For years, Sheridan has debated whether or not it should employ a city administrator to handle day-to-day operations for the city. In July, the City Council passed an ordinance that updates a previous law that established the job. That new law has been challenged by a citizen petition, bringing the city to a special election on the topic. Wyoming Public Radio's Bob Beck spoke with Northeast reporter Catherine Wheeler to learn more about the election.
Catherine Wheeler: The city of Sheridan will hold a special election on Tuesday, November 5. That election seeks to answer whether Charter Ordinance 2202 should pass. Now, that ordinance seeks to update, if you will, the existing ordinance that established the city administrator position. [Charter Ordinance] 2202 has been described by most people as something that clarifies the responsibilities between the mayor and the city administrator, basically who does what.
Bob Beck: Now, there are a lot of people to think this is going to decide if the mayor is in charge of the city or an administrator is in charge of the city. Is that what's happening here?
CW: Well, not really. All that is being asked in this special election is if 2202, that updating of the responsibilities between the mayor and the city administrator, if that new one should take effect. Voting "no" in this election won't automatically get rid of the city administrator position. That's because the charter ordinance that established it, 2158, will still be on the books.
BB: So what's the history of this issue?
CW: Well, it kind of has a long history in Sheridan. Back in 2008, there was a special election about whether or not to establish a city administrator position, and at that time the citizens voted no, that they didn't want one. They didn't want a city administrator. But the topic kept simmering throughout town. And then in 2015, the City Council at the time decided that they were going to establish this position. And so they created Charter Ordinance 2158, which is the current, existing law that establishes the city administrator position. But a lot of people didn't like it. They think that the city administrator position takes power away from the mayor. They think it takes away the mayor's ability to govern and to run the city. Sheridan Mayor Roger Miller actually kind of ran [his mayoral campaign] on this topic, saying that he wanted to bring back this strong mayor form of government. He wanted to be the one running the city, doing the day-to-day, knowing what was really happening and making those decisions. And earlier this year the City Council decided that they were going to really study this issue and decide if the city administrator position is actually helping the city. And what came away from that subcommittee was that they did believe, yes, this is helping the city run more efficiently. And so they to updated the law that we already have, clarifying some of the responsibilities between the mayor and the city administrator. And that is what is being challenged at this special election.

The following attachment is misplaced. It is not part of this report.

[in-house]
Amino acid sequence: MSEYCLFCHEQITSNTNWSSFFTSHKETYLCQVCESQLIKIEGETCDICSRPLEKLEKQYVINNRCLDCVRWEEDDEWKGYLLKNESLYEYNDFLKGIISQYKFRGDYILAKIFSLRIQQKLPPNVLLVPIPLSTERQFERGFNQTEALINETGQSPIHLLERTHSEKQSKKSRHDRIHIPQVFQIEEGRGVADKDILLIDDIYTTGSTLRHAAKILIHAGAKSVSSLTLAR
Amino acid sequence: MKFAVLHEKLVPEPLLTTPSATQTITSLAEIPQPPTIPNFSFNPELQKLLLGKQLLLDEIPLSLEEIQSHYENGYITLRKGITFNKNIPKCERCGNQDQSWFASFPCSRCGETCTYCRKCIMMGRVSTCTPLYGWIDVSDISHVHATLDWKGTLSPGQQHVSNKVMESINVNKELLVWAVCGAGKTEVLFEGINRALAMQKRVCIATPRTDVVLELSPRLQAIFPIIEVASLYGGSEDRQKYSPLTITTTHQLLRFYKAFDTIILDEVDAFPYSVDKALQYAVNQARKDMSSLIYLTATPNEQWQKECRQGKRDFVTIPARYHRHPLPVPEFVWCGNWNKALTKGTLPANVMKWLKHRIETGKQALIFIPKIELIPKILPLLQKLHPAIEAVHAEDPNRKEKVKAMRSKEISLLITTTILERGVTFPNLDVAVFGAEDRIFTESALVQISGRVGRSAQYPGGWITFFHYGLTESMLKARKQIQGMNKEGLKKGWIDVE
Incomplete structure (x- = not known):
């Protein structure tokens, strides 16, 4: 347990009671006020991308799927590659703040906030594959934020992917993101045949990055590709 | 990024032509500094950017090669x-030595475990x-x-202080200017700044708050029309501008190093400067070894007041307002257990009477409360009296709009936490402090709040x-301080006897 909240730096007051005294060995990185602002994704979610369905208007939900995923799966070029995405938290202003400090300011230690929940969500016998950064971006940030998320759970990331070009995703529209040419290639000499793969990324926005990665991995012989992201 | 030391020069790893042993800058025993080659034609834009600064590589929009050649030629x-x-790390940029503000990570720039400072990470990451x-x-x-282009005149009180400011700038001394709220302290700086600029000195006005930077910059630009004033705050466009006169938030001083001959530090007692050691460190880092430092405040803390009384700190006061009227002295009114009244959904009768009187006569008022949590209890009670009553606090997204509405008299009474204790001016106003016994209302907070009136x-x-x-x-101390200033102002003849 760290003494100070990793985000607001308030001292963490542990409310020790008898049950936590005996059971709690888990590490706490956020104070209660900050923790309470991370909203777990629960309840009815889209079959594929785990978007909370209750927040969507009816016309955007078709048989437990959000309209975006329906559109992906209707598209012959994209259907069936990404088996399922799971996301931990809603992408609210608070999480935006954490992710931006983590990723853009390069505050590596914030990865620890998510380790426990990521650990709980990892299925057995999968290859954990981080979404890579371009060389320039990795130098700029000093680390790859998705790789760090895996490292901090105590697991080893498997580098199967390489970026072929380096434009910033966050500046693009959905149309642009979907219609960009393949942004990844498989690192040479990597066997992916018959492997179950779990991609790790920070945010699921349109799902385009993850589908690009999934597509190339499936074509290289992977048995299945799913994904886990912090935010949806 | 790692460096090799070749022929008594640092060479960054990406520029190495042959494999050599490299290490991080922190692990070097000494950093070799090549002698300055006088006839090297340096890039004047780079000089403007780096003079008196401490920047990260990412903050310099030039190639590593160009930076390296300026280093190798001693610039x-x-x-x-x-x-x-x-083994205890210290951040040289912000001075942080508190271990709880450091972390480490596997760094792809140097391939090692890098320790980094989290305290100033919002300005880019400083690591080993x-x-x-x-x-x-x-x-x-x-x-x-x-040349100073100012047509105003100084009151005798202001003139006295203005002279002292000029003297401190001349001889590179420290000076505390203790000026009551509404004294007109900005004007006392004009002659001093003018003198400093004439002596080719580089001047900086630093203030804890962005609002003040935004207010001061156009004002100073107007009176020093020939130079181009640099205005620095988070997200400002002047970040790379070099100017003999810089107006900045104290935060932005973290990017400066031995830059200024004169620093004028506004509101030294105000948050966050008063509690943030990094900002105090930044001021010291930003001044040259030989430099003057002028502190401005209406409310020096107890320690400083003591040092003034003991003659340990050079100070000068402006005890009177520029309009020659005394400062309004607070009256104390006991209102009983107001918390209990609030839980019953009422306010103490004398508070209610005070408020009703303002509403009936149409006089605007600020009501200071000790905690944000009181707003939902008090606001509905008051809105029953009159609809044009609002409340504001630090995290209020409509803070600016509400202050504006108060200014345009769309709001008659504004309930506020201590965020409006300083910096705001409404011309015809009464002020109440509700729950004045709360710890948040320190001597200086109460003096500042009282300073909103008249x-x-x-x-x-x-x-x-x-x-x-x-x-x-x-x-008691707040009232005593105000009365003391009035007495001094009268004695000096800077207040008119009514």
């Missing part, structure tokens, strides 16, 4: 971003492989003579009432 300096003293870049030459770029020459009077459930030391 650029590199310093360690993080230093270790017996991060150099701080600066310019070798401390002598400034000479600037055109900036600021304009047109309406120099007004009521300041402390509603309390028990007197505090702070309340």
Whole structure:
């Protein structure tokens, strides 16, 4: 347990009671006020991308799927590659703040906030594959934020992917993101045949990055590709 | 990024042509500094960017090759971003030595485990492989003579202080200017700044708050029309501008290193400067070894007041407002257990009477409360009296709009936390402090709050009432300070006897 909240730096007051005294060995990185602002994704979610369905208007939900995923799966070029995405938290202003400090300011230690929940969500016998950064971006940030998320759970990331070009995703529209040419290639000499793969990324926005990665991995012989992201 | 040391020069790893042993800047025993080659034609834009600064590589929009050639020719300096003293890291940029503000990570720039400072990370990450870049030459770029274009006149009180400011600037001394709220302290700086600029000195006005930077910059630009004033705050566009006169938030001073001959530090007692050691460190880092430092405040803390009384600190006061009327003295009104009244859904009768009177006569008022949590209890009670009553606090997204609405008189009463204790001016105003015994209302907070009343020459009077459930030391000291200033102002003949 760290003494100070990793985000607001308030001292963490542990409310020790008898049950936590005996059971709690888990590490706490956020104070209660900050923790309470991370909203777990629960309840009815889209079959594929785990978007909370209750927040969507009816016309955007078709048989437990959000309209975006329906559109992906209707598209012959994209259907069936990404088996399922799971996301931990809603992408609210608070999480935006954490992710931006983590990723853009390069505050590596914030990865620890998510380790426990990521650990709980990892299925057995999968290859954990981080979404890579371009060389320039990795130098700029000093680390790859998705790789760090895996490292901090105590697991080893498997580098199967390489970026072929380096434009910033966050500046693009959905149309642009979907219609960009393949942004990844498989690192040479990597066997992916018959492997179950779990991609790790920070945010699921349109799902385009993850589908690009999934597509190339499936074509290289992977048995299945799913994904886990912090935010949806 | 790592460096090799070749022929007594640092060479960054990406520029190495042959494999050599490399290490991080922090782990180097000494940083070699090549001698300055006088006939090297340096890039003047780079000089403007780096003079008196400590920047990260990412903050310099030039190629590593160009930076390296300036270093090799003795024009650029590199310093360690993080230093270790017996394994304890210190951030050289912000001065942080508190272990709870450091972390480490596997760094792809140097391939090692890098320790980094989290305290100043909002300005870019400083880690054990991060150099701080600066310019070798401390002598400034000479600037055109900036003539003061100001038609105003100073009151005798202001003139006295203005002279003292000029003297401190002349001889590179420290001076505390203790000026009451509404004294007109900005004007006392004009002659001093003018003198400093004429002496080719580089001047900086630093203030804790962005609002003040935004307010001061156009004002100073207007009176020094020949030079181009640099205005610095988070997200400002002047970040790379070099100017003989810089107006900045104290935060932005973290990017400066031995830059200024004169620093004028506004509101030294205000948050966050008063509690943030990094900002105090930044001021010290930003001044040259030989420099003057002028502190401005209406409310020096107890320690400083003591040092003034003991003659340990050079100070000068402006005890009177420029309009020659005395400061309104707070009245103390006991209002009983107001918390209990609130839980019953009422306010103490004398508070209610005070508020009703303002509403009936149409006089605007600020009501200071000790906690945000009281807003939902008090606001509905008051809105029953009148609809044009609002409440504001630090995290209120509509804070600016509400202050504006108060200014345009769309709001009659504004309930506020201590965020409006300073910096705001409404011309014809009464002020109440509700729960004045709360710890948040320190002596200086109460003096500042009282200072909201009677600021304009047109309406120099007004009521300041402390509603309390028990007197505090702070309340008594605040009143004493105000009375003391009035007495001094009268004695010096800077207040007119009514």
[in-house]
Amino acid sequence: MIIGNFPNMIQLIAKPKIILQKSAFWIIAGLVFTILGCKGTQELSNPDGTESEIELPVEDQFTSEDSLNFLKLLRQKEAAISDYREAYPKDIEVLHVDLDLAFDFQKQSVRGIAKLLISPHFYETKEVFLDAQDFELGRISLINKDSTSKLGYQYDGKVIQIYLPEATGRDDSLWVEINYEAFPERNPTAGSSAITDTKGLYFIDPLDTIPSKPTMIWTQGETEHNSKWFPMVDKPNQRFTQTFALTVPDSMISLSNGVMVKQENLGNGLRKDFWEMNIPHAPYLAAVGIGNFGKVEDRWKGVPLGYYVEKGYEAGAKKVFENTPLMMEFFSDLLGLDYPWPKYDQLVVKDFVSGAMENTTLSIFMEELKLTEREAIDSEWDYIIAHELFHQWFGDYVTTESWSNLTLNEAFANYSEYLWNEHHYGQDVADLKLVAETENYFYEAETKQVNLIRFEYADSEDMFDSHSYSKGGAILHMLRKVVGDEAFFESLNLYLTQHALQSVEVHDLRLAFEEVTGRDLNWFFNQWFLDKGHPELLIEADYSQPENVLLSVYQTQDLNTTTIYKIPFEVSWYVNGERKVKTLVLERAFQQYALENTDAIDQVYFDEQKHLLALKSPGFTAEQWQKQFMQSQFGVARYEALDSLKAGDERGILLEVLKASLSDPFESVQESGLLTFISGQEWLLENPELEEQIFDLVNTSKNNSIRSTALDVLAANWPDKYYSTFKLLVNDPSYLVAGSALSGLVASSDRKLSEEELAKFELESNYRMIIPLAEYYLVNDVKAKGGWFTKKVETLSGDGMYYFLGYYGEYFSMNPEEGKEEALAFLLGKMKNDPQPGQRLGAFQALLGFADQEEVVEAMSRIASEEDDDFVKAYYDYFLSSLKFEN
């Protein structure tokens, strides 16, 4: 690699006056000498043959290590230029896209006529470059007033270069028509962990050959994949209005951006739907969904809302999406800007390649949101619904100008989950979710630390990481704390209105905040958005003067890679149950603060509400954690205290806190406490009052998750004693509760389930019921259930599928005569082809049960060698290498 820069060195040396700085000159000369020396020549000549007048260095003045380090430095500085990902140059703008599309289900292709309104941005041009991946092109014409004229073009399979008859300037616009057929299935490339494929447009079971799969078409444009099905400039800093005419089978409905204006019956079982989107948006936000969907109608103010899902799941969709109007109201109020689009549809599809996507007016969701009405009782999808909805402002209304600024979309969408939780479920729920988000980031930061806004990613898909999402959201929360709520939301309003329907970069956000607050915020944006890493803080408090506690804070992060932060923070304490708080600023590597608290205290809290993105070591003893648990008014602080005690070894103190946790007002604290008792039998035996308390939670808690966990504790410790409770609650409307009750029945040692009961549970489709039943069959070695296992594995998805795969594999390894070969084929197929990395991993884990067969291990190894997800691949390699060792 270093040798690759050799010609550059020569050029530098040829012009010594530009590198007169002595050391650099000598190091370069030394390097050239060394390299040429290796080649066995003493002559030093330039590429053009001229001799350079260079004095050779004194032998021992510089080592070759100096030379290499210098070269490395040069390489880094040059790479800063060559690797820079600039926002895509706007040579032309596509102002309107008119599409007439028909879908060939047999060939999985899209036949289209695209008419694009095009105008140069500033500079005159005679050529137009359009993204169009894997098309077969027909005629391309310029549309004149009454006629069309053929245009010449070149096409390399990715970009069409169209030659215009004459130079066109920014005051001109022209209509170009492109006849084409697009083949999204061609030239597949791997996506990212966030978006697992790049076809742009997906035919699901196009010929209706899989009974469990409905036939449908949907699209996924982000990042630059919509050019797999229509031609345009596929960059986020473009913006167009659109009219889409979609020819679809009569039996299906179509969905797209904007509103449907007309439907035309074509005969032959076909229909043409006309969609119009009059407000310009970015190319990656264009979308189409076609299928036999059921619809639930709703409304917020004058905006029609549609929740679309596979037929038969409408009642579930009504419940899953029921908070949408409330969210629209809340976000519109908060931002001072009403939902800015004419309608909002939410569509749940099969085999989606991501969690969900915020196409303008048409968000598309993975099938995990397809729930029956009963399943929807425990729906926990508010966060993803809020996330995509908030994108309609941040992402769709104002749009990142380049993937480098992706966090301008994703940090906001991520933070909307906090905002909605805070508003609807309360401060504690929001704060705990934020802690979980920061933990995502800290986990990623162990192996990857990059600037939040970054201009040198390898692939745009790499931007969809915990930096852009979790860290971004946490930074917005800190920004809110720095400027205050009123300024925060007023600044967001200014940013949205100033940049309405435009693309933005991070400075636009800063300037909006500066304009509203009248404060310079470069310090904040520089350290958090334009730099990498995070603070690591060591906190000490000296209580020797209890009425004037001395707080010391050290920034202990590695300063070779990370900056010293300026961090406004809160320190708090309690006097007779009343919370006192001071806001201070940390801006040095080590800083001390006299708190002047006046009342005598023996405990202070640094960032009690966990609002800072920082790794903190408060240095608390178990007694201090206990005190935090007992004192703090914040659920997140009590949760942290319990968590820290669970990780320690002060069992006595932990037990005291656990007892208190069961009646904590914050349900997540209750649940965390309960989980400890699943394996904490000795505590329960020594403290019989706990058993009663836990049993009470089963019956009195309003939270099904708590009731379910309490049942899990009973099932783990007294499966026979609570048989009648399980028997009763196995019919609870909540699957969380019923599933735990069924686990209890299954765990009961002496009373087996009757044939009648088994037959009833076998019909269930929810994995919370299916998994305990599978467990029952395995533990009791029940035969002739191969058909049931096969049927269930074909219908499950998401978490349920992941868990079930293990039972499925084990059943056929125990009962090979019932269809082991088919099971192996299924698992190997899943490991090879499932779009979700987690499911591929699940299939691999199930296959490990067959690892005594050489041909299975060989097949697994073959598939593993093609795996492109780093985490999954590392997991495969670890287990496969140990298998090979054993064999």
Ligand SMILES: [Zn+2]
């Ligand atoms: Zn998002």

BB: Okay, so what's going on? What are the details? The election is Tuesday.
CW: Yes, so the special election will be held on Tuesday, November 5. Seven polling locations will be open throughout town, and those will be open from 7am to 7 pm. Residents can pick up absentee ballots from the city clerk. The latest you can pick up one of those is 5 pm, November 4. The absentee ballots just need to be returned to City Hall by the close of the polls at 7pm on election day. From there, the city clerk will present the results of the election to the city council into the city on November 7 at a special meeting that will begin at 5:30 pm.
BB: Okay, this is probably important to clarify, but if I'm vote yes, what am I doing?
CW: You're voting in support of Charter Ordinance 2202. That's the one that clarifies the responsibilities between the mayor and the city administrator. If you're voting no, you're sticking with the original ordinance that created the position. But opponents to the city administrator position are saying that a no vote is kind of like asymbolic gesture towards getting rid of the city administrator position entirely. But it's important to know that the City Council doesn't have to go back to this issue if 2202 is voted down. They can just leave 2158 as it is and move on. But opponents to the position say that if it is voted down, it would be the opportunity for the City Council to really take a hard look at if this is what the people of Sheridan want and if this city administrator position is right for the city of Sheridan.
BB: Catherine Wheeler covers northeast Wyoming for Wyoming Public Radio. Thank you.
CW: Thank you.